How Edge Computing and AI Applications Drive IoT
The global pandemic has accelerated the adoption of emerging technologies, including edge computing and TinyML. As more CIOs and CTOs seek ways to capture and process data at the edge of their enterprise IT network, the demand has fueled investment for Internet of Things (IoT) applications.
According to the latest worldwide market study by ABI Research, the global edge Artificial Intelligence (AI), Software-as-a-Service (SaaS), and turnkey service market will grow at a CAGR of 46 percent between 2020 and 2025 to reach $7.2 billion.
This is 25 percent of the global edge AI market, which is estimated to be $28 billion by 2025. The market is comprised of edge AI chipsets, SaaS, and turnkey services, as well as professional services.
As the benefits of edge AI becomes more obvious, enterprises are searching for edge AI solutions that offer low latency and are fully secured to assist them with data-based analysis or decision-making.
Edge Artificial Intelligence Market Development
“The proliferation of edge AI chipset options means enterprises are no longer limited by hardware choices and can select the best-of-breed solution that fits their needs. They now look to invest in SaaS subscriptions, turnkey services, and managed services that can facilitate the deployment of edge AI,” said Lian Jye Su, principal analyst at ABI Research.
Public cloud service providers have joined the ecosystem by offering edge AI development boards, hardware systems, software toolkits, and cloud-based services. Google was the first hyperscale provider to offer a development board with its Edge TPU (Tensor Processing Unit) designed for edge applications.
Over the past six months, AWS and Azure have also evolved their edge AI portfolio through hardware and software products, managed services, and industrial sector partnerships. This enables existing cloud service users to get into the edge AI ecosystem, lowering the barrier to entry for enterprises who are not familiar with edge AI development.
“As in many other industries, the entrance of cloud service providers has led to a lot of hype and excitement,” says Su. “However, unlike cloud environment that has standardized servers and processors, edge AI is a very diverse market that covers a broad range of device form factor, processing power, and use cases.”
According to the ABI assessment, what enterprises need are industry-grade edge machine learning (ML) models that can be deployed for various applications across multiple asset categories. Besides, not all enterprises can build their own models using tools provided by public cloud service providers.
ABI analysts believe that building the right edge AI solutions using software from cloud vendors requires in-depth domain expertise and know-how.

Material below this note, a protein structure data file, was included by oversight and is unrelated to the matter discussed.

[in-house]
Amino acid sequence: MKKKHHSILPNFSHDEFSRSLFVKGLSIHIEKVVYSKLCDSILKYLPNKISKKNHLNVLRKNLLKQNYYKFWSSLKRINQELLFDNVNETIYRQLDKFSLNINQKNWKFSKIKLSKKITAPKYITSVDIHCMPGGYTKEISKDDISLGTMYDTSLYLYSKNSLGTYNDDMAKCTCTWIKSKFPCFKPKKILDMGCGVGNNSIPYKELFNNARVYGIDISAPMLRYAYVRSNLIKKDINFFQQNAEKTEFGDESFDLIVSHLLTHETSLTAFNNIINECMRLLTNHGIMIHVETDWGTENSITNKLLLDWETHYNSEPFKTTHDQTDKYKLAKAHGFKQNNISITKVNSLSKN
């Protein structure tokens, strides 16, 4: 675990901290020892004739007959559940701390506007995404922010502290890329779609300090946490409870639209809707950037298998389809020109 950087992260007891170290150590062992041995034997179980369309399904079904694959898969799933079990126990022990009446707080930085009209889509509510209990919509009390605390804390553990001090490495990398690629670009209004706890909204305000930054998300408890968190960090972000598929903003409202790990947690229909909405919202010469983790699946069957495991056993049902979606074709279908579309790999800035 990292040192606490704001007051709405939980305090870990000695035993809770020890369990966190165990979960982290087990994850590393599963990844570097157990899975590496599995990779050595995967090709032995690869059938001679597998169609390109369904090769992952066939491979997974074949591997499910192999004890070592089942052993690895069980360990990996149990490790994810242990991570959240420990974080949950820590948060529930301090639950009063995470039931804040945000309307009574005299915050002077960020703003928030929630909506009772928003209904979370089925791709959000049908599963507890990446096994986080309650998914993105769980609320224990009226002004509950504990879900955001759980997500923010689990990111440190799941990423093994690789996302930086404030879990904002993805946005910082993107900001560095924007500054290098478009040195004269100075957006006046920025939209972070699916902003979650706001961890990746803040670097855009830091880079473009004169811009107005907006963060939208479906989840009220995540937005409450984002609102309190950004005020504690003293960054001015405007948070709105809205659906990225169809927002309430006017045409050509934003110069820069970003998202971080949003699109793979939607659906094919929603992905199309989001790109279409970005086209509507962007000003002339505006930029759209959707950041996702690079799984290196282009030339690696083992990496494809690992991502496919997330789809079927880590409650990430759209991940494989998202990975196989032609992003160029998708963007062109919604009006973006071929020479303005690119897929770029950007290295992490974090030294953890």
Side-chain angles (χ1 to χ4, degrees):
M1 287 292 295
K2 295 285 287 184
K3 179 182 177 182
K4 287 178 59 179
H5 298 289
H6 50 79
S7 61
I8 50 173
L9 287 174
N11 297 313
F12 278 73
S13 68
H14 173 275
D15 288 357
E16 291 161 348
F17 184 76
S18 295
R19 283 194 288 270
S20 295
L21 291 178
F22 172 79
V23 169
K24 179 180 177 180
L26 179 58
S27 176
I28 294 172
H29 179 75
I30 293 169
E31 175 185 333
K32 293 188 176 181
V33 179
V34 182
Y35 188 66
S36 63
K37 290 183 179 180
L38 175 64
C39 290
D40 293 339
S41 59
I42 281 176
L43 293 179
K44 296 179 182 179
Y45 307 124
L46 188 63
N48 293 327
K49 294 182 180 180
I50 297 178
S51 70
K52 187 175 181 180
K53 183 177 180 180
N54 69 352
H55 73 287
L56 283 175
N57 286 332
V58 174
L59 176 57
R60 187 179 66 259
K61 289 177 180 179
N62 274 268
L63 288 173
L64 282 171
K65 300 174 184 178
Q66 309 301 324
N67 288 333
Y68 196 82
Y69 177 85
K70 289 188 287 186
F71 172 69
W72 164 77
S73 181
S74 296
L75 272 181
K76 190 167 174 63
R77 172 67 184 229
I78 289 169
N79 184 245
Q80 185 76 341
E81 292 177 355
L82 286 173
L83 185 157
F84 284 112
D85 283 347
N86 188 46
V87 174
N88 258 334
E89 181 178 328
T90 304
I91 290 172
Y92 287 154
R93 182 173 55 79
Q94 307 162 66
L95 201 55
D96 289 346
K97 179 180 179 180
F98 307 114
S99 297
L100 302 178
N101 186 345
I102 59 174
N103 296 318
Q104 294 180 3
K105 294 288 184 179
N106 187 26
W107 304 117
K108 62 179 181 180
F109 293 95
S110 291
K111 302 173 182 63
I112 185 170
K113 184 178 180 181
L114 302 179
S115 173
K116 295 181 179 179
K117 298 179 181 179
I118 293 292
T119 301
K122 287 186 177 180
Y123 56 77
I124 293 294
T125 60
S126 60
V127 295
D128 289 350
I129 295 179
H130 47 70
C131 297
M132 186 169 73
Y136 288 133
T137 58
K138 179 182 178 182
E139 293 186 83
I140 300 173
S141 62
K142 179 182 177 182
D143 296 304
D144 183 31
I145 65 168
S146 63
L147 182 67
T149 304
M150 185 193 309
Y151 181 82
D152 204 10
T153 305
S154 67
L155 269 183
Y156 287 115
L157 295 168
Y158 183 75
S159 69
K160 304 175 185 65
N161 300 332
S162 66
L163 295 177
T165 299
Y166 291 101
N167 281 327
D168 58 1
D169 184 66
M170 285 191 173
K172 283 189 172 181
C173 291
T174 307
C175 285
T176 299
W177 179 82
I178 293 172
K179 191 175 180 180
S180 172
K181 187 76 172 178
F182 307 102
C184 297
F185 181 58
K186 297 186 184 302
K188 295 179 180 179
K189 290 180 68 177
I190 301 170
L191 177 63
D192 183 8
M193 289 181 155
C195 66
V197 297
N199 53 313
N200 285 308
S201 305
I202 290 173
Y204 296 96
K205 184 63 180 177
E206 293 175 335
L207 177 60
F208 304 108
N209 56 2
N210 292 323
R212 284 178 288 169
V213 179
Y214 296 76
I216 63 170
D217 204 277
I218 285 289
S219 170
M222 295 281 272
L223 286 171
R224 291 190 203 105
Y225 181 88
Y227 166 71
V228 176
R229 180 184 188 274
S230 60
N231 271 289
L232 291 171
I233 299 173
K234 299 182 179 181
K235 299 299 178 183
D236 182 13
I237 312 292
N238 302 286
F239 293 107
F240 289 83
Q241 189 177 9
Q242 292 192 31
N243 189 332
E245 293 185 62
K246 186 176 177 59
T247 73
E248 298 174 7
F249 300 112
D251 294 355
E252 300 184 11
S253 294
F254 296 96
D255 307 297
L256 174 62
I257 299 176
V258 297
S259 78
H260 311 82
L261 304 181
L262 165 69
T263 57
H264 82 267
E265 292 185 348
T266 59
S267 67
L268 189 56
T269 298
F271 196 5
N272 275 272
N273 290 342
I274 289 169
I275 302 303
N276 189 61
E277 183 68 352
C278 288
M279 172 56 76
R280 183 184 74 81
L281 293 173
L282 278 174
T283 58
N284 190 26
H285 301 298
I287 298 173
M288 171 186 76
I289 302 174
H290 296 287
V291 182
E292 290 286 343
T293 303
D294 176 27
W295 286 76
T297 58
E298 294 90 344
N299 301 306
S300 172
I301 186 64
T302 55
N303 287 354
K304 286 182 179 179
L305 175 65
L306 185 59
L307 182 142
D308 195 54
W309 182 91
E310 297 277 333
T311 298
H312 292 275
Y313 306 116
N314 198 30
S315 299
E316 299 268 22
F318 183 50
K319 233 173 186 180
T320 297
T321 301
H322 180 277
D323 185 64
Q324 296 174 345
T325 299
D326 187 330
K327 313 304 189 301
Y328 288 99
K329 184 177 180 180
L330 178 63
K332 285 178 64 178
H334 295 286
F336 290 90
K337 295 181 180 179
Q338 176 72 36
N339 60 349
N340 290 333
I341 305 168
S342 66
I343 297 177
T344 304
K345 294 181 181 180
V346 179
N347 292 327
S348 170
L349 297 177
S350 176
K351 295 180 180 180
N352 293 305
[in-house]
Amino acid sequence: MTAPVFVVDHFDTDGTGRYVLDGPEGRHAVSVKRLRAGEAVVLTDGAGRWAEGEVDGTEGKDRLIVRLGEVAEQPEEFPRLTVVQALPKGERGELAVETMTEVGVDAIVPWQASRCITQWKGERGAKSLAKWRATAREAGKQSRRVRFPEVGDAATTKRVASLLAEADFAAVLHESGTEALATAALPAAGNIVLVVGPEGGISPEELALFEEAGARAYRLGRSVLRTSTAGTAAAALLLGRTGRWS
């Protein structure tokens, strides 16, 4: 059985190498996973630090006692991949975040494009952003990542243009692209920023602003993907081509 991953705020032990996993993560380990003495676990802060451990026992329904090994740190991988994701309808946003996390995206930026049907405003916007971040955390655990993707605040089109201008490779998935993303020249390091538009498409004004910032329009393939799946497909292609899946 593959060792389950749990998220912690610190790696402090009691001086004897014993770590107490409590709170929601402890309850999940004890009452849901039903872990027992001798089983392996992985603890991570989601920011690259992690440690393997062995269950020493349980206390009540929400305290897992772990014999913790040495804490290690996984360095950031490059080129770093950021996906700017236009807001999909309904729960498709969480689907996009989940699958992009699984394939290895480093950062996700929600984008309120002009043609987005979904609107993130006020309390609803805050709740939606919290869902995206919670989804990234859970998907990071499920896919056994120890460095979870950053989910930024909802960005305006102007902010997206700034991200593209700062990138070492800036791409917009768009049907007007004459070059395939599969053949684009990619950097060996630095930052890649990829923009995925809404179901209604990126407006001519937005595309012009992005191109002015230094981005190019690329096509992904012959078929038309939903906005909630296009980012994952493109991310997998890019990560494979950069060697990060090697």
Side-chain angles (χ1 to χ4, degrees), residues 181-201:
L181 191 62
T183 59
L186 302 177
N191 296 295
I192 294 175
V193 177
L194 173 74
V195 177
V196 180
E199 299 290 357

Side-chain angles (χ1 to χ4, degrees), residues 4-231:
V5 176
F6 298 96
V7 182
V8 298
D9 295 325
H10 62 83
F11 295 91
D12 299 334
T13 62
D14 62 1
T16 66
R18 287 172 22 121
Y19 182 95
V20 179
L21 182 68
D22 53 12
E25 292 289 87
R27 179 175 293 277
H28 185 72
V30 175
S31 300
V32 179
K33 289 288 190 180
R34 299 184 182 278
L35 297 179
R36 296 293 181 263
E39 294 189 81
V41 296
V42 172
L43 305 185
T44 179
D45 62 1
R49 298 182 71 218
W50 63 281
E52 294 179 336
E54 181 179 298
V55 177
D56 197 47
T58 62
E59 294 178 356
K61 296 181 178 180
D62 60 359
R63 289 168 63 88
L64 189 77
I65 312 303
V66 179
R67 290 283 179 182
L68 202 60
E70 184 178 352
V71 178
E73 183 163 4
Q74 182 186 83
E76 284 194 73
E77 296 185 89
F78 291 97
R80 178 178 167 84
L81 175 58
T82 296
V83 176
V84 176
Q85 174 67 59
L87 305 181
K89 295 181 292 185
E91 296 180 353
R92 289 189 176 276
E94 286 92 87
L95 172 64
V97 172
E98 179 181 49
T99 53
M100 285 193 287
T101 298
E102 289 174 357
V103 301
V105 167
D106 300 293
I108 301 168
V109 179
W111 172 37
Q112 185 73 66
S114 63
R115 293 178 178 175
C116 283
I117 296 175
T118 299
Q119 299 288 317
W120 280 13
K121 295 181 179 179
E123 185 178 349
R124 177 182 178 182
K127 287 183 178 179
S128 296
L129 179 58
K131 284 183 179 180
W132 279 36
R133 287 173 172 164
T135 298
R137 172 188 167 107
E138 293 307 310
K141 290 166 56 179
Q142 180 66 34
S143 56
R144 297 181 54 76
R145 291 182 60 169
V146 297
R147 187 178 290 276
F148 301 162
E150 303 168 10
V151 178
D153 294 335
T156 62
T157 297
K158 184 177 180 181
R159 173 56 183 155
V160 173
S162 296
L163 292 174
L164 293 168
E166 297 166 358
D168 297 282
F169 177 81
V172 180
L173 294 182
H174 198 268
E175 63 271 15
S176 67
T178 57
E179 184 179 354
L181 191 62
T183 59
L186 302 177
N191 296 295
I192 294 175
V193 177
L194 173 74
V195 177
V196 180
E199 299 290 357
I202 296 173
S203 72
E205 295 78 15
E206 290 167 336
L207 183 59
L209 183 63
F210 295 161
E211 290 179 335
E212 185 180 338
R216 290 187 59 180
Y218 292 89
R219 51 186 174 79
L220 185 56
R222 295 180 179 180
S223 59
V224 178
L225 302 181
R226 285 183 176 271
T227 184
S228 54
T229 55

This has led to the emergence of startups specializing in software-as-a-service and managed services to design, develop, and deploy edge AI — such as Edge Impulse, Ekkono Solutions, Imagimob, Mispsology Qeexo, and SensiML.
These companies tend to provide end-to-end edge ML Operations (MLOps) software and services that enable continuous integration, deployment, and monitoring of edge ML models, often through low code or zero code methods.
In addition, these startups have specialized skill sets in model compression and hardware optimization, best practices around data governance, and seamless integration with other enterprise software and platforms.
Outlook for Edge AI Applications Growth
The future of edge MLOps lies in a higher level of automation through low code or zero code design. This not only lowers the barrier to entry for end-users who do not possess data science or machine learning expertise but also enabling them to perform edge MLOps seamlessly.
“AutoML processes, such as neural architecture search, feature store, hyperparameter tuning, and lifelong learning, allows quick onboarding and development of edge ML models. This allows enterprises to overcome the lack of data science and machine learning expertise and focus on operationalizing edge AI in their assets,” concluded Su.
That said, I believe an abundance of data assets will be created, stored, and analyzed outside of the traditional centralized enterprise data center. Moreover, a growing number of IoT applications will not require backhauling data to public cloud service provider facilities. Instead, IT and network colocation providers could experience increased demand for rented space at their shared local facilities.
Originally published at https://blog.geoactivegroup.com on June 18, 2021.